Source: Google News
The hospital is refuting claims from the Washington State Nursing Association that it didn’t act quickly enough.
TACOMA, Wash. — Editor’s note: Three days after KING 5 published this story, the Washington State Nurses Association said that St. Joseph Medical Center management has since reported all compromised mattresses have been removed from the labor and delivery unit.
The St. Joseph Medical Center is under fire after the Washington State Nurses Association (WSNA) said the hospital has been reusing damaged mattresses for months, endangering both staff and patients.
The WSNA sent KING 5 video showing blood and other bodily fluids seeping out of one of the hospital’s mattresses. Jayson Dick, director of the WSNA’s Labor Advocacy Division, said he’s seen this before but not to this degree.
“I’ve been a nurse for 20 years, and that was one of the things where it’s like, that’s pretty gross,” he said.
Dick said nurses in the Labor and Delivery Department noticed that fluids were leaking out of the beds, but the beds were used for other patients.
St. Joseph President Jennifer Schomburg said the mattress in the video was immediately discarded after it was used and was never used again.
The WSNA filed a complaint with the Washington state Department of Health back in October. The complaint says the damaged mattresses pose a significant risk to patients, especially given where these mattresses were found.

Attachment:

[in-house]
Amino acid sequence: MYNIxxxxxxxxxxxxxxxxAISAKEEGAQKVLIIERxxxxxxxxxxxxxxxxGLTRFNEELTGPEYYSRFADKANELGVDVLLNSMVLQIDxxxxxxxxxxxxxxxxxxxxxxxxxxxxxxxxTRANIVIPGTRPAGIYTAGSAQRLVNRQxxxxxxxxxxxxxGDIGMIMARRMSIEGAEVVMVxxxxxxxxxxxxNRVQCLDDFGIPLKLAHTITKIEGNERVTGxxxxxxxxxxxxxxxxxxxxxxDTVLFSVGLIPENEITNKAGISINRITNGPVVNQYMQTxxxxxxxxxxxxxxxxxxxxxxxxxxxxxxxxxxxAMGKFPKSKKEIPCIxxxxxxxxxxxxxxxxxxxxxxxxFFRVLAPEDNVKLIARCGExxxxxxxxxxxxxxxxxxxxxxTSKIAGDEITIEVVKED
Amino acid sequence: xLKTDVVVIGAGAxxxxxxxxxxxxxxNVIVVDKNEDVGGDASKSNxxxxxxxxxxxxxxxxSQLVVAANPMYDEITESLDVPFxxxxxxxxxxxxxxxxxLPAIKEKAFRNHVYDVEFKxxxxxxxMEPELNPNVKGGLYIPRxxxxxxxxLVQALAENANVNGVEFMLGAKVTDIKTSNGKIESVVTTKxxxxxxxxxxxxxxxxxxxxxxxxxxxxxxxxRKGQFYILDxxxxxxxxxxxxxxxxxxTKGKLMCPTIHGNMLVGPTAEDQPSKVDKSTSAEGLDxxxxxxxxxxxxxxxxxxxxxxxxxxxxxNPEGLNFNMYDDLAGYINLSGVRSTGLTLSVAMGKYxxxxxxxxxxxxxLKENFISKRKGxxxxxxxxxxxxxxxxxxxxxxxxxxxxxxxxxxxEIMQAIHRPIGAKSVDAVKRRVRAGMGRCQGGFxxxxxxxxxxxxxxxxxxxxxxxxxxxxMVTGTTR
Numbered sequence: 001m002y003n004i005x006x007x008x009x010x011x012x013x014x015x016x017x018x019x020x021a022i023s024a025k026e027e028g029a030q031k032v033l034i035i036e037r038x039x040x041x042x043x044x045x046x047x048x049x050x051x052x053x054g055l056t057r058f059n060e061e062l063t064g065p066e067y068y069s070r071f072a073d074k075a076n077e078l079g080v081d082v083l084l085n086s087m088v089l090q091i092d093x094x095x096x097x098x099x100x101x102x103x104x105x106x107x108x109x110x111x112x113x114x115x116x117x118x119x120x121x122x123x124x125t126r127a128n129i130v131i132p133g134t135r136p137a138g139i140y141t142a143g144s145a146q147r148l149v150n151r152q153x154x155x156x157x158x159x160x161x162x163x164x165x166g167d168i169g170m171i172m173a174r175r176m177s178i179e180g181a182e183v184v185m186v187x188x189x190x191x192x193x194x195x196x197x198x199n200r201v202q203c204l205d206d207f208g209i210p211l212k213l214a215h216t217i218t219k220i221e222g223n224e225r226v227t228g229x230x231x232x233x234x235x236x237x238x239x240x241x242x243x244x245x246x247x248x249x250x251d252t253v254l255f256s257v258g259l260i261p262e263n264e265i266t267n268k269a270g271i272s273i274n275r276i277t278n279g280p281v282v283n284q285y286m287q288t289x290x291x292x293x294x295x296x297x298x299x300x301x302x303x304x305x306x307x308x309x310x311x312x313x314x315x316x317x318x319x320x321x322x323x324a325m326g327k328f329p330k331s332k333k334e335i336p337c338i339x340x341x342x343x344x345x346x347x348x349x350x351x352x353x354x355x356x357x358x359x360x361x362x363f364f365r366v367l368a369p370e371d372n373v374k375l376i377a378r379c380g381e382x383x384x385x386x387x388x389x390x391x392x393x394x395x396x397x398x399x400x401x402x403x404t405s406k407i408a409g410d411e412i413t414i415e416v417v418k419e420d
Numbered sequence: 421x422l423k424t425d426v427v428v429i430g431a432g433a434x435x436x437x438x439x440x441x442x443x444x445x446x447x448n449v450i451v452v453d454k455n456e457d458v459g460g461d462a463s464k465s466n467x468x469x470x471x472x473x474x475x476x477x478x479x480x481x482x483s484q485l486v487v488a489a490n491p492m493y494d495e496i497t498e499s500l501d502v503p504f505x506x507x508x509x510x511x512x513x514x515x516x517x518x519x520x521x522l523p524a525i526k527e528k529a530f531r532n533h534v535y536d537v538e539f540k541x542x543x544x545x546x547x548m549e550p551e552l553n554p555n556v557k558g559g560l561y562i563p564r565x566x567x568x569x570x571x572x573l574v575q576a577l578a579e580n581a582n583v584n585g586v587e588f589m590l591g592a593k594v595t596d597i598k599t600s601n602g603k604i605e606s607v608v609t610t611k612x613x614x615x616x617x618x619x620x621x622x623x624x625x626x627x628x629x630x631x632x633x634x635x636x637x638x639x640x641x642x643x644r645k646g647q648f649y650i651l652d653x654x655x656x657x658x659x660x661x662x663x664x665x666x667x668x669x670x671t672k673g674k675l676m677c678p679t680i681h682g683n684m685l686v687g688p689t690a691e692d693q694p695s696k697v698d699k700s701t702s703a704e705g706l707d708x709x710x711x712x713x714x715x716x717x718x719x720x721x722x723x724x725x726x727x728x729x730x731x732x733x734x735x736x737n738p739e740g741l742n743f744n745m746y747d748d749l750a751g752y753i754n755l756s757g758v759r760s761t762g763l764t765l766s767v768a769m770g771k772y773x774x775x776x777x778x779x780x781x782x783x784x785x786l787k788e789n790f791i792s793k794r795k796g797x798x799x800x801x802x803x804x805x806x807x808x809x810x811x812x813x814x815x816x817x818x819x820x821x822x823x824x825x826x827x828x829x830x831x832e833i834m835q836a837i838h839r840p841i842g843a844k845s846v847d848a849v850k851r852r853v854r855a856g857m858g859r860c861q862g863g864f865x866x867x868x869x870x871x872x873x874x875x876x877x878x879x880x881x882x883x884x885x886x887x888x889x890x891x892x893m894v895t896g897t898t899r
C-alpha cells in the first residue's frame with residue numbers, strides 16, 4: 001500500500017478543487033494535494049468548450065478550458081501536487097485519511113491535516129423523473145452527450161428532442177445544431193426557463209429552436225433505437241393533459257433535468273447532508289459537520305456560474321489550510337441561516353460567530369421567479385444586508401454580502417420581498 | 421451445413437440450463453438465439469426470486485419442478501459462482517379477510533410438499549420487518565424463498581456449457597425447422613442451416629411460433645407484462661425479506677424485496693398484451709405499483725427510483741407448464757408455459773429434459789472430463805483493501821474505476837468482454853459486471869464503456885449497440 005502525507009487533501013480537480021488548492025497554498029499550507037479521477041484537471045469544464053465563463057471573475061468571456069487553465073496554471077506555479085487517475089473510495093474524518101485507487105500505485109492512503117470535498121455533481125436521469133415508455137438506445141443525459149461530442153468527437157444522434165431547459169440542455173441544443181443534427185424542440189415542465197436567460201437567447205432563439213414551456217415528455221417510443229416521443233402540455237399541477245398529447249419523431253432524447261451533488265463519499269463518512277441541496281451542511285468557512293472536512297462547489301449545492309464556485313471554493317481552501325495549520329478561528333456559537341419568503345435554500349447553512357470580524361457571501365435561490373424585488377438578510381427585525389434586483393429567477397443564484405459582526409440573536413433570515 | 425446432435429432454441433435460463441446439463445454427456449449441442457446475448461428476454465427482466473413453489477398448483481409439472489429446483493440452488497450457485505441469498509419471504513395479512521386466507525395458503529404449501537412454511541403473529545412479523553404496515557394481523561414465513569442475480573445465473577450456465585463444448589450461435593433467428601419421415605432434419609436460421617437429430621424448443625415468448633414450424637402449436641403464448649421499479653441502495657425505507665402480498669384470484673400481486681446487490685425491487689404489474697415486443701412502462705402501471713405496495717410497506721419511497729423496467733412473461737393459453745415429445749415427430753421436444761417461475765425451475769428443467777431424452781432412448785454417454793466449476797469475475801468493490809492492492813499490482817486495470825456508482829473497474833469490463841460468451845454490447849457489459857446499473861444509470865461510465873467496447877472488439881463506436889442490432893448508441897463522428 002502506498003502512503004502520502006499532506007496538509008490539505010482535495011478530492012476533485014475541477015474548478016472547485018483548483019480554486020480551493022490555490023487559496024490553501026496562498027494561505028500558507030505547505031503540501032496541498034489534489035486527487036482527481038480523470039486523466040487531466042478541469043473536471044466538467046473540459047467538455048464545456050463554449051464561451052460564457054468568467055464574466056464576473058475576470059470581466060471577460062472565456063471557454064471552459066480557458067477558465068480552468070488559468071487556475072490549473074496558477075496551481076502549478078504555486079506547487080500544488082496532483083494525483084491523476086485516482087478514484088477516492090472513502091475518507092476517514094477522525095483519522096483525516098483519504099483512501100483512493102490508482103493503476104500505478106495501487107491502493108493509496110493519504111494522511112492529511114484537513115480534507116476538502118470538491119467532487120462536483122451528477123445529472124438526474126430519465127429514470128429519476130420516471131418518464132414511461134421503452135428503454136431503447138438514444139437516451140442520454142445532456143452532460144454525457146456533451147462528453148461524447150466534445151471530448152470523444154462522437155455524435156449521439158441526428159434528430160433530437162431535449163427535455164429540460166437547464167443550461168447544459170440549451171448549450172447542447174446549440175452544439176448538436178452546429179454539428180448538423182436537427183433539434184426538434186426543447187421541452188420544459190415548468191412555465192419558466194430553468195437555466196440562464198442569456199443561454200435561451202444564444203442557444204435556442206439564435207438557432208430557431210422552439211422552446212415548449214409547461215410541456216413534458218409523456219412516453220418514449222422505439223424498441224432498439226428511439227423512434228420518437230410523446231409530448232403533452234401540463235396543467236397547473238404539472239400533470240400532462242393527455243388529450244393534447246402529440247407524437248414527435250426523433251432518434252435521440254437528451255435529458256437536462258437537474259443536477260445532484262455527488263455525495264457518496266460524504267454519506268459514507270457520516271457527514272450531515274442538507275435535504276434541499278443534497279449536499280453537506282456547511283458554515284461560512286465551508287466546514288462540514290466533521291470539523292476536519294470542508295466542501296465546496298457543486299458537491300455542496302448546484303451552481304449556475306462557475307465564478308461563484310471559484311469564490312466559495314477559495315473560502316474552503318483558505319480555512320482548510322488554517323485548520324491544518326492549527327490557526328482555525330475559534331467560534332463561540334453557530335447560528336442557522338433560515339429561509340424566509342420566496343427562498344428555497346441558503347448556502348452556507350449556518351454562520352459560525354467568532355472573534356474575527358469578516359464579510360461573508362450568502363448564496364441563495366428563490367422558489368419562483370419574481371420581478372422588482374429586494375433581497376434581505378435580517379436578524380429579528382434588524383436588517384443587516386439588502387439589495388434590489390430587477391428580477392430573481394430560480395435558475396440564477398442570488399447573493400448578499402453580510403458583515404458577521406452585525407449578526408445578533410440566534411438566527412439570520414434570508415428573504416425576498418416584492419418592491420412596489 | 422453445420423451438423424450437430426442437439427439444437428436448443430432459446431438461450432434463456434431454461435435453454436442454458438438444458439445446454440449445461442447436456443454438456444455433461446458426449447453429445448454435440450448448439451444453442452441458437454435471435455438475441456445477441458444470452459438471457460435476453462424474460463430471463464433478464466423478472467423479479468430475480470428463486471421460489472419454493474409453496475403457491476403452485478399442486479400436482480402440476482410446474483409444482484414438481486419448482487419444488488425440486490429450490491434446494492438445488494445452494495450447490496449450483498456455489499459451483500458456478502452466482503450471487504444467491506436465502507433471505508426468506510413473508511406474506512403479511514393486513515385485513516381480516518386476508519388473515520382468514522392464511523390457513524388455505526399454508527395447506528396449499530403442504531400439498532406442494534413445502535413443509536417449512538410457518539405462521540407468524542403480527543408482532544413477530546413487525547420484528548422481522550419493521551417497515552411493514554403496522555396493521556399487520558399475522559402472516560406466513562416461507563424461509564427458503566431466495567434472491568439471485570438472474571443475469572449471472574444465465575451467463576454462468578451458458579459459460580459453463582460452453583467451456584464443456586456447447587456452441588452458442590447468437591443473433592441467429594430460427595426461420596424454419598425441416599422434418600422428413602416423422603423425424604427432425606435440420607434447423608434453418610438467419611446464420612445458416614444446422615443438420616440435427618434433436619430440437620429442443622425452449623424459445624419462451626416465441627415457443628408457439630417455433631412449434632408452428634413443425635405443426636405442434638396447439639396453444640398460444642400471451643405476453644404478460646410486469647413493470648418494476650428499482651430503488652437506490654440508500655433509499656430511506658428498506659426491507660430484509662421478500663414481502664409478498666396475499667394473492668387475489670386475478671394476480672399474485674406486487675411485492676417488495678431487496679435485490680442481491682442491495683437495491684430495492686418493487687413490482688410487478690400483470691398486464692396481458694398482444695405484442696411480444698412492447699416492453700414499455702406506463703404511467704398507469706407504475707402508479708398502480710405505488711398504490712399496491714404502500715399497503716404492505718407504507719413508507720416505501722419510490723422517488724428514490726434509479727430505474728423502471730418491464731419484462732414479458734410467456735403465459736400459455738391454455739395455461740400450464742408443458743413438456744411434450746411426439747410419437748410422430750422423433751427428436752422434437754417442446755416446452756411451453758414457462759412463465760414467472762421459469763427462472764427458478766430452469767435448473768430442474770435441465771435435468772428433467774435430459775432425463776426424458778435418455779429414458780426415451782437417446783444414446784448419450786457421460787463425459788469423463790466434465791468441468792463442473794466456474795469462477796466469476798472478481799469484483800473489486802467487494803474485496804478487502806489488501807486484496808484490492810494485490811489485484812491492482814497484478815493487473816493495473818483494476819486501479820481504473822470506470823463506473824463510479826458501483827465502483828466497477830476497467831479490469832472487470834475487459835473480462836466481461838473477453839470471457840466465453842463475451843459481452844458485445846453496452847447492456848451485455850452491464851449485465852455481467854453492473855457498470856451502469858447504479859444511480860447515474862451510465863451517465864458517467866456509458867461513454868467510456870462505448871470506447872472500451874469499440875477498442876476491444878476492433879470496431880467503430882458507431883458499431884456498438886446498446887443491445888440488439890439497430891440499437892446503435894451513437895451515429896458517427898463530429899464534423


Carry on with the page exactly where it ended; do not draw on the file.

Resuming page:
“Blood and other fluids can carry infectious diseases and other illnesses,” Dick explained. “Given where this is taking place in Labor and Delivery, there are a lot of bodily fluids expressed during the birthing process, and sitting on top of a compromised mattress, yeah, there’s a huge potential risk.”
In a statement, Schomburg said that “any mattresses that are compromised are immediately taken out of commission and not used for patient care.”
However, Dick says nurses are reporting that damaged mattresses are still being used.
“When it was brought to the administration, they decided to try to patch the beds, and several weeks to two months later, we’re still seeing beds in use that are patched and still expressing these fluids,” he said.
Schomberg said that it is protocol to patch mattresses only in certain situations, and the hospital’s actions have been timely, but Dick said more needs done to address this issue for the sake of the patients and staff.
“Their concerns are not being heard, and they’re not being addressed,” he said. “Whether or not the nurses want to continue or can continue working in an environment like that takes a huge toll on our ability to retain good, qualified nurses at the bedside.”
Schomburg’s statement also cites supply chain disruptions as a reason why the hospital isn’t able to order replacement beds as quickly as usual, and that patching is just a stop-gap. The statement adds replacement beds have been ordered and are arriving, but this does not mean that damaged or compromised beds are in use until replacements are available.